The skin is the human body’s largest organ, covering an area of nearly 1.8 m2. It functions as a metabolically active biological barrier by separating internal homeostasis from the external environment. Aside from providing cover, the skin also prevents water loss, regulates the body’s temperature, absorbs mechanical energy, protects against UV light and acts as an antimicrobial defense system. Therefore, maintenance of the skin is critical for normal homeostasis.
A series of publications in the 1920s and 30s discussed a new disease caused by the prolonged exclusion of fat from the diet, which resulted in epidermal hyperplasia, scaly skin and an increase in transepidermal water loss (TEWL).1 Interestingly, upon consumption of linoleic acid (LA), all the characteristics of this deficiency could be alleviated.2, 3 It was therefore recognized that LA was an essential fatty acid (EFA) required for normal bodily function. In addition, a pioneering link was made between the importance of EFAs and cutaneous skin biology.
Since that time, it has been established that the skin requires fatty acids to synthesize cell membranes and the lipid-enriched extracellular membranes of the stratum corneum (SC). These structures are vital in maintaining the epidermal water barrier and thus the hydration of the skin.4 When the barrier is disrupted, a three-fold increase in de novo fatty acid synthesis is observed. If this increase is inhibited, a delay in skin barrier recovery is seen.5 This further signifies the importance of fatty acids within the skin.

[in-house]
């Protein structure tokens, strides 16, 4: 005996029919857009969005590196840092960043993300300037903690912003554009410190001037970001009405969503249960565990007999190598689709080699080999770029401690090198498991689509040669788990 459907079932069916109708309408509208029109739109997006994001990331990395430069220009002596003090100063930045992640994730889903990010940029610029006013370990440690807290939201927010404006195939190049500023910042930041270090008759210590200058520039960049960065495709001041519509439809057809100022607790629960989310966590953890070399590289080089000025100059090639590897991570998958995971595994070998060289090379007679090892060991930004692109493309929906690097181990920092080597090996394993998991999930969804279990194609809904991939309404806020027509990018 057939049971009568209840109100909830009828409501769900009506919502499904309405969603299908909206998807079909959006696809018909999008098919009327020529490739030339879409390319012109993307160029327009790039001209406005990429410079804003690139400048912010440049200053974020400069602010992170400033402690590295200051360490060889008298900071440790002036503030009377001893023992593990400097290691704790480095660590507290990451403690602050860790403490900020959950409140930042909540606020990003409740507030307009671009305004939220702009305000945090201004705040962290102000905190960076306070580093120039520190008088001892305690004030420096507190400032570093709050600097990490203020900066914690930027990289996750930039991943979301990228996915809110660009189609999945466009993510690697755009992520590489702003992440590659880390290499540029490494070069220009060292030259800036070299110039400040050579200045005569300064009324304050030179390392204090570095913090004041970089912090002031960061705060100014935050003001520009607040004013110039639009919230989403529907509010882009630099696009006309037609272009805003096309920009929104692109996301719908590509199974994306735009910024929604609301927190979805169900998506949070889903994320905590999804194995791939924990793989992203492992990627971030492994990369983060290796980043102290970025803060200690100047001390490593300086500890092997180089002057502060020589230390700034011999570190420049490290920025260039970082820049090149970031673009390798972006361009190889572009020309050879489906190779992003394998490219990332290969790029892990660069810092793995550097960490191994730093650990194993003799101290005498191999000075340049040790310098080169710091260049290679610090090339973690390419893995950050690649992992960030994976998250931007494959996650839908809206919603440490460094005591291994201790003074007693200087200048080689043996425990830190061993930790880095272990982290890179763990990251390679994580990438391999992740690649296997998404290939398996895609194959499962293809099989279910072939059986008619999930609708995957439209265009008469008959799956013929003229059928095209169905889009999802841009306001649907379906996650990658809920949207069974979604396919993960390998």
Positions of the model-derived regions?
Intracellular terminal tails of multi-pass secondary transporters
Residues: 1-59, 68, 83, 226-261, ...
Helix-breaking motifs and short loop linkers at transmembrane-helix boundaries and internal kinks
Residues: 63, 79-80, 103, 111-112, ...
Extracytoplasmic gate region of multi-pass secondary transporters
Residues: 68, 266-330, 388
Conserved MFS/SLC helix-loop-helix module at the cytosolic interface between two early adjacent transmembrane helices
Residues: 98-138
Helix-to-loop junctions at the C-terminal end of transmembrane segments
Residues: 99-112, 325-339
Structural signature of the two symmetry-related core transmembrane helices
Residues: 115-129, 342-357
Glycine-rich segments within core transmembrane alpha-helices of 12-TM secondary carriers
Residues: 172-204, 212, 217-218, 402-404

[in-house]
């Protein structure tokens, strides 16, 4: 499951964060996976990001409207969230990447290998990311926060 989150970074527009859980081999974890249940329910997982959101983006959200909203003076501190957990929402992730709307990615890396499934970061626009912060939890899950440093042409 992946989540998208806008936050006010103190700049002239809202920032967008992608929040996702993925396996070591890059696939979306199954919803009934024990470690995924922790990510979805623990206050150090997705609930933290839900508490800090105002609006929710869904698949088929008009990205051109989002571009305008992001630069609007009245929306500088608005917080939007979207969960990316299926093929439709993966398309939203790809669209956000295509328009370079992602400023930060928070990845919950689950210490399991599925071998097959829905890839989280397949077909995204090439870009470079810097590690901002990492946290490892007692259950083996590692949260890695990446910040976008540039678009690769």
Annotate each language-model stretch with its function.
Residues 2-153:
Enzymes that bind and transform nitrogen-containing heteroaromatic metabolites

LA and α-linolenic acid (ALA) are essential polyunsaturated fatty acids (PUFAs) that can be further grouped depending on the position of the carbon-carbon double bond (see Figure 1). If this occurs on the n-6 position, it is regarded as an omega-6 fatty acid (LA), and if this occurs on the n-3 position, it is regarded as an omega-3 fatty acid (ALA).
EFAs cannot be synthesized by mammalian cells and therefore must be acquired from dietary sources.4 The modern Western diet incorporates more omega-6 than omega-3 fatty acids6 and this lack of omega-3 fatty acids has contributed to the recent surge in cardiovascular diseases, certain types of cancer, and inflammatory and auto-immune disorders.6
To counteract these disorders, researchers have examined oral supplementation with omega-3 fatty acids. The most studied are eicosapentaenoic acid (EPA) and docosahexaenoic acid (DHA). Large population-based clinical studies have demonstrated that oral supplementation with these acids benefits human health.7 These studies have resulted in recognition of EPA and DHA by the US Food and Drug Administration (FDA), which gave them a “qualified health claim” in 2004.8